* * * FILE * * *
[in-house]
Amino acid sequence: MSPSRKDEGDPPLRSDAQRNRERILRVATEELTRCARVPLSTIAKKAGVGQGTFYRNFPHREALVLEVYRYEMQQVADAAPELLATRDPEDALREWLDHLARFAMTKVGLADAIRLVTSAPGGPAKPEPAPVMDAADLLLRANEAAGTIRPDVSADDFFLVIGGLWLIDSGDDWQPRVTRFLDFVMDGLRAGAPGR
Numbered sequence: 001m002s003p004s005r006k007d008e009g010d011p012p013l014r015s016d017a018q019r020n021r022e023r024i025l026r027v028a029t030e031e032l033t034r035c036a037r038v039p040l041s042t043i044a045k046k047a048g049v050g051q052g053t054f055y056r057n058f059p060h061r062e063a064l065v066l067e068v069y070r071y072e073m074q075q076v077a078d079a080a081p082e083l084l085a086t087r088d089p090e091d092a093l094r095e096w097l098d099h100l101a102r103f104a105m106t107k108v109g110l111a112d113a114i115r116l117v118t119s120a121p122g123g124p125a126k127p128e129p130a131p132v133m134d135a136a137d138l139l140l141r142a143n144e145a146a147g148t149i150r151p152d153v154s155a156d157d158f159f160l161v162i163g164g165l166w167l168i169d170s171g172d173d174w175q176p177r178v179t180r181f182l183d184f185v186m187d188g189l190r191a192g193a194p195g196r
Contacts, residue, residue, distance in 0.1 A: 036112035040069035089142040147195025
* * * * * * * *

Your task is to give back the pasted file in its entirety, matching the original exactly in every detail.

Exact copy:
[in-house]
Amino acid sequence: MSPSRKDEGDPPLRSDAQRNRERILRVATEELTRCARVPLSTIAKKAGVGQGTFYRNFPHREALVLEVYRYEMQQVADAAPELLATRDPEDALREWLDHLARFAMTKVGLADAIRLVTSAPGGPAKPEPAPVMDAADLLLRANEAAGTIRPDVSADDFFLVIGGLWLIDSGDDWQPRVTRFLDFVMDGLRAGAPGR
Numbered sequence: 001m002s003p004s005r006k007d008e009g010d011p012p013l014r015s016d017a018q019r020n021r022e023r024i025l026r027v028a029t030e031e032l033t034r035c036a037r038v039p040l041s042t043i044a045k046k047a048g049v050g051q052g053t054f055y056r057n058f059p060h061r062e063a064l065v066l067e068v069y070r071y072e073m074q075q076v077a078d079a080a081p082e083l084l085a086t087r088d089p090e091d092a093l094r095e096w097l098d099h100l101a102r103f104a105m106t107k108v109g110l111a112d113a114i115r116l117v118t119s120a121p122g123g124p125a126k127p128e129p130a131p132v133m134d135a136a137d138l139l140l141r142a143n144e145a146a147g148t149i150r151p152d153v154s155a156d157d158f159f160l161v162i163g164g165l166w167l168i169d170s171g172d173d174w175q176p177r178v179t180r181f182l183d184f185v186m187d188g189l190r191a192g193a194p195g196r
Contacts, residue, residue, distance in 0.1 A: 036112035040069035089142040147195025